Yitzchak Gale gale at sefer.org
Thu Feb 5 05:52:11 EST 2009

Manlio Perillo wrote:
>> I'm looking for an exact integer division that avoids overflows, if
>> possible.

Richard O'Keefe wrote:
> What this sounds like to me is a request that the Prelude
> function 'fromRational' should work well...
> If you cannot divide two Integers n, d accurately using
>   (fromRational (n Ratio.% d) :: Double)
> that casts doubt on the trustworthiness of floating point literals.

No, that works fine:

Prelude Data.Ratio> fromRational \$ (3*10^1000)%(2*10^1000+1)
1.5

> Suppose we have a function
>    decodeIntegerAsFloat :: RealFloat a => Integer -> (Integer,a)
> such that if (s,m) = decodeIntegerAsFloat x
> then either x = 0 and s = 0 and m = 0
>         or x = m * 2**s (mathematically) and abs m \in [0.5,1.0).

Yes, that is what Manlio wants. Sometimes you need to divide
two very large Integers with a floating point number as result,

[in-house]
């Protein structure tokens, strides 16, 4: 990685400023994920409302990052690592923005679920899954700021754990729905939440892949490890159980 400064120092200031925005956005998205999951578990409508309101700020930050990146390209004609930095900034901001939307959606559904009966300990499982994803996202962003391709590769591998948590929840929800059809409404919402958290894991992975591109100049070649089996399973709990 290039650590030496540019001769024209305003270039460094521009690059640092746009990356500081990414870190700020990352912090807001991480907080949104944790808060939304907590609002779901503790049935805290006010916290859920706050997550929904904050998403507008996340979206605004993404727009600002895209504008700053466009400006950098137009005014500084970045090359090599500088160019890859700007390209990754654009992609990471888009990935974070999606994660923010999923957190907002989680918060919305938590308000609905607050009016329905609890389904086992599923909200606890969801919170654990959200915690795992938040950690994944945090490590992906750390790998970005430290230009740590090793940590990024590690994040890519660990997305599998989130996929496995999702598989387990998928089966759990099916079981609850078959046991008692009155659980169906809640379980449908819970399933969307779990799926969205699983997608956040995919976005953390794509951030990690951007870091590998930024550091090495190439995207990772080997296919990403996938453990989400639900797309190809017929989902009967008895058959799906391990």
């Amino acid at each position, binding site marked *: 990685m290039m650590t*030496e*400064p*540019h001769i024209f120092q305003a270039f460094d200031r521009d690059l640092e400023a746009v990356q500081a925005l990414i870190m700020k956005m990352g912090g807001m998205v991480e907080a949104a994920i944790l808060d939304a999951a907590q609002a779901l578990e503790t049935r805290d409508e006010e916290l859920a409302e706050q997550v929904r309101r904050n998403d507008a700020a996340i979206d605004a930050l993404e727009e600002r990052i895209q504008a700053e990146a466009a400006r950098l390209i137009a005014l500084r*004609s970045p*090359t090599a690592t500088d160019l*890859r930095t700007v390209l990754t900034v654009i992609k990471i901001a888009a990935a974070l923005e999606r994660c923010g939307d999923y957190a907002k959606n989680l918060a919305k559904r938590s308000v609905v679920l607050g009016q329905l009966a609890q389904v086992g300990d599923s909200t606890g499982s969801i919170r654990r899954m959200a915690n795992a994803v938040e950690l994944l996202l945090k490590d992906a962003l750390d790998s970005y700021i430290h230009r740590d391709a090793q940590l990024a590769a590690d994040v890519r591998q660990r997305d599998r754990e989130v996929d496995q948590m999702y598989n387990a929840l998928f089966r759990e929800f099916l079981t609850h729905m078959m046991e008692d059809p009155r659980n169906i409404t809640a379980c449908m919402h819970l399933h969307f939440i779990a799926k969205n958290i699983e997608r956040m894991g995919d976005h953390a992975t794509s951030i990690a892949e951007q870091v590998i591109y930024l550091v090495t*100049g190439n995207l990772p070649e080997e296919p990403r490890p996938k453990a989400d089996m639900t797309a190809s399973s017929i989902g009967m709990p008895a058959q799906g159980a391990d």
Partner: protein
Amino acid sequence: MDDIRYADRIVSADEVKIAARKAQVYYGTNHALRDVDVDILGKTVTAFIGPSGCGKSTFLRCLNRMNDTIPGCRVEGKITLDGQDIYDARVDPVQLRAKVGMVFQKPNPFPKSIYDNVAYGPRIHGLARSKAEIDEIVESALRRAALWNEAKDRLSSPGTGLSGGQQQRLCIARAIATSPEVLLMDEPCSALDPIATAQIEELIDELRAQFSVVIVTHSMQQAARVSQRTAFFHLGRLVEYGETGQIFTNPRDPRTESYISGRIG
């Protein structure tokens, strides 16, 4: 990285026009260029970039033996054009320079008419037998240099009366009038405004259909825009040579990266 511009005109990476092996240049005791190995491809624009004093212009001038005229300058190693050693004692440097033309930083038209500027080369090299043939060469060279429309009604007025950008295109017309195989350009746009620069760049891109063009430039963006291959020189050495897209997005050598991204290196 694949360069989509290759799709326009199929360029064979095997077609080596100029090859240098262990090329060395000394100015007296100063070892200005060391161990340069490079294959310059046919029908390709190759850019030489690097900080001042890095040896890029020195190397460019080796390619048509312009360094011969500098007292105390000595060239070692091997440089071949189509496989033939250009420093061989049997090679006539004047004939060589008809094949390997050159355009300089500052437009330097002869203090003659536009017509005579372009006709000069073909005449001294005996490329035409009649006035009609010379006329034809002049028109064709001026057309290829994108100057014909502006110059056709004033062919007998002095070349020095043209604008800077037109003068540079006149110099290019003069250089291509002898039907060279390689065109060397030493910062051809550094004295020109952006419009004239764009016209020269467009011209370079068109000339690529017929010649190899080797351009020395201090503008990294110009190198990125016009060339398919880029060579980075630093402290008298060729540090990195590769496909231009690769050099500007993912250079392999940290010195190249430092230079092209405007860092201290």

without the overhead of constructing a Rational from them.

> Then
>    integer_ratio_as_float :: Floating a => Integer -> Integer -> a
>    integer_ratio_as_float p q = (mp/mq)*(2.0^(sp-sq))
>        where (sp,mp) = decodeIntegerAsFloat p
>              (sq,mq) = decodeIntegerAsFloat q
>
> You'd actually use scaleFloat; if the difference sp-sq is outside
> the range of Int the answer is going to be a signed zero or a signed
> infinity anyway.

You have just duplicated the CPython interpreter source code

> decodeIntegerAsFloat would sit very well in the
> RealFloat class alongside its model, decodeFloat.  It has other uses.

I agree, though I'm not sure it needs to be a method.

> For example, you can use it to compute logarithms of Integers with
> much less worry about overflow.

Actually, efficient integer-valued logarithms for Integers are exactly
what you need to implement decodeIntegerAsFloat.

Best would be if we could just read that off from the internal
representation of an Integer. Would you like to file a GHC
issue for that?

In the meantime, we could already expose the integer log function
in a library using an efficient algorithm.

Thanks,
Yitz